|Engine||105 cc (6.4 cu in), air-cooled 2 valve SOHC four-stroke single|
|Bore / stroke||52 mm × 50 mm (2.0 in × 2.0 in)|
|Ignition type||Contact breaker|
|Transmission||Semi-Automatic Centrifugal clutch four-speed, with or without a dual range sub-transmission, chain drive|
|Brakes||front & rear single drum|
|Wheelbase||122.0 cm (48.0 in)|
|Dimensions||L: 190.5 cm (75.0 in)|
W: 75.5 cm (29.7 in)
H: 106.0 cm (41.7 in)
|Seat height||740 mm (29 in)|
|Fuel capacity||5.5 L (1.2 imp gal; 1.5 US gal)|
|Turning radius||1.8 m (5 ft 11 in)|
|Related||Honda CT90 (predecessor)|
The CT110 replaced the CT90, which was essentially the same general design but with a smaller displacement engine and points ignition while the CT110 has solid state electronic ignition.
The base CT110 105 cc (6.4 cu in) four-stroke air-cooled single-cylinder engine which is nearly horizontal in the step-through tube/stamping frame. It has a semi-automatic four-speed transmission and a centrifugal clutch. That coupled with a 2:1 ratio gear reduction box known as the dual range sub-transmission, which switched into operation using a small lever under the transmission case, allowed the bike to climb steep slopes.
In the US the CT110 came with factory street legal lighting and mirrors, a large luggage rack, center stand, and an auxiliary gas can. The 1980 model of CT110 lacked the dual range sub-transmission, but that returned in following years. The motorcycle was imported from 1980 to 1986.
Australia and New Zealand
In Australia and New Zealand the Honda CT110 is known as a "Postie Bike" due to its longtime use by Australia Post and New Zealand Post as a delivery bike, without the dual range sub-transmission and upgraded to 12 volt ignition in 1998. The last CT110s were delivered to Australia Post in 2013, later replaced by the NBC110. From 2019 both the NBC110 and remaining CT110s began to be replaced with Kyburz electric tricycles.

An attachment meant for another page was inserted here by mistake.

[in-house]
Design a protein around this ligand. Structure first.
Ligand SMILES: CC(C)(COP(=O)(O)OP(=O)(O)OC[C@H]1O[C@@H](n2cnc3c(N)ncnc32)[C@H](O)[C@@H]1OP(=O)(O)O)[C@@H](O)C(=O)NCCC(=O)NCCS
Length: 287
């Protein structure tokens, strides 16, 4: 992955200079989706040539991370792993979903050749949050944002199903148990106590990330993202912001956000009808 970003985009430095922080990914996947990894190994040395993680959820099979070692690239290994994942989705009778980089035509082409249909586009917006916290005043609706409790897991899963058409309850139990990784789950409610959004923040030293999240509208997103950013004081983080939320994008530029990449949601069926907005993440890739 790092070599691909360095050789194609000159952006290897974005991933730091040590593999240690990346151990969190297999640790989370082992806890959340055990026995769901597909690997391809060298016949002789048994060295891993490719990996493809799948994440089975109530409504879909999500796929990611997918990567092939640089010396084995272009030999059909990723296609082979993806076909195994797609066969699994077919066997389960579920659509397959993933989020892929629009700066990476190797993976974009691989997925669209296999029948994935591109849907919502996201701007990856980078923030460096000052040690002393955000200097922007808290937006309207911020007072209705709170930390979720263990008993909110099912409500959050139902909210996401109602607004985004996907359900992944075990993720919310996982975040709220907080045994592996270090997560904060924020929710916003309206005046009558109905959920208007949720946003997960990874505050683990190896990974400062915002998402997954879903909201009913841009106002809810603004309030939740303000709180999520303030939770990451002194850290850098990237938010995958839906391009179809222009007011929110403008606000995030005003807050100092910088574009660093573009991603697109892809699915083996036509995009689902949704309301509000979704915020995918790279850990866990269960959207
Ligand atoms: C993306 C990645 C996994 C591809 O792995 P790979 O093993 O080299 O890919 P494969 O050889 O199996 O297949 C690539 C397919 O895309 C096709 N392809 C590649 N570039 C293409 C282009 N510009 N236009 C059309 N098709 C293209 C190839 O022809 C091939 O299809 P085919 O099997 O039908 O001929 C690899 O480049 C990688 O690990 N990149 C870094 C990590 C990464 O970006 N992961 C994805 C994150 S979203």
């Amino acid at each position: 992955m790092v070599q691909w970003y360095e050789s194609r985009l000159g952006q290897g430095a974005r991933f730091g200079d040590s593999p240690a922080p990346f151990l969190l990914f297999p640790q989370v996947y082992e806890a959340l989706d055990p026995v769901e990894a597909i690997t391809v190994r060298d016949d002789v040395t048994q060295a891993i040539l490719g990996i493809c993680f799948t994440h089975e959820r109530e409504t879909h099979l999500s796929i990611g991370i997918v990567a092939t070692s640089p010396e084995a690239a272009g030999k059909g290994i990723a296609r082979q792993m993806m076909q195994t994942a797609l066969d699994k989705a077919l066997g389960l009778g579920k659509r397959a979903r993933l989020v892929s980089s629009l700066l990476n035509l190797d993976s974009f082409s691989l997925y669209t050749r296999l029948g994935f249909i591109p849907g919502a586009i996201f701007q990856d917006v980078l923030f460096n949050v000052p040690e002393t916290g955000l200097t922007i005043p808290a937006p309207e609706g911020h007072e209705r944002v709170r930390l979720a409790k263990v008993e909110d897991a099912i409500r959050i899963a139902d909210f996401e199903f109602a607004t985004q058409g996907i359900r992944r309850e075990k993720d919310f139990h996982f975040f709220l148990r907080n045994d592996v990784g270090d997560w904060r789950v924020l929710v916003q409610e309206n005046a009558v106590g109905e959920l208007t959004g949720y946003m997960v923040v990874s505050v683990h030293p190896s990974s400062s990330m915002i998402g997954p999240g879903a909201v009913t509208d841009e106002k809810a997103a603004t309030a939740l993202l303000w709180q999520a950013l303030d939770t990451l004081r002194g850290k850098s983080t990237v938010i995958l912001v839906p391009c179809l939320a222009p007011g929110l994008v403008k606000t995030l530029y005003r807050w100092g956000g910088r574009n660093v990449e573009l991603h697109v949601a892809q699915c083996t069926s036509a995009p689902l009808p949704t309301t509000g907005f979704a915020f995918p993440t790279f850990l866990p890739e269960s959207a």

After almost 30 years of only being available via second-hand sale from Australia Post in bulk lots, Honda began selling the road-registerable model to the domestic market in July 2009. These were the 6 volt dual transmission "AG" models. A slightly modified version, the CT110 AG, is also sold for agricultural use. This retains the dual range sub-transmission and is essentially the same as the North American versions retaining a 6 volt electrical system rather than 12 volt like the later Post Office bikes. For most of their production history the CT110AG lacked a compliance plate and so could not be registered for road use. This changed in 1998 and they were able to be registered until 2013 when production ceased.
Large numbers of CT110 and CT90 models were also brought to Tanzania in east Africa, where many are still in use today. Among the original users was Danish aid organisation Danida. During the late 1970s and 1980s they were the standard issue motorcycle for volunteers.
- 1981 Honda CT110 Hunter Cub infobox specifications from these pages on 2008-03-01: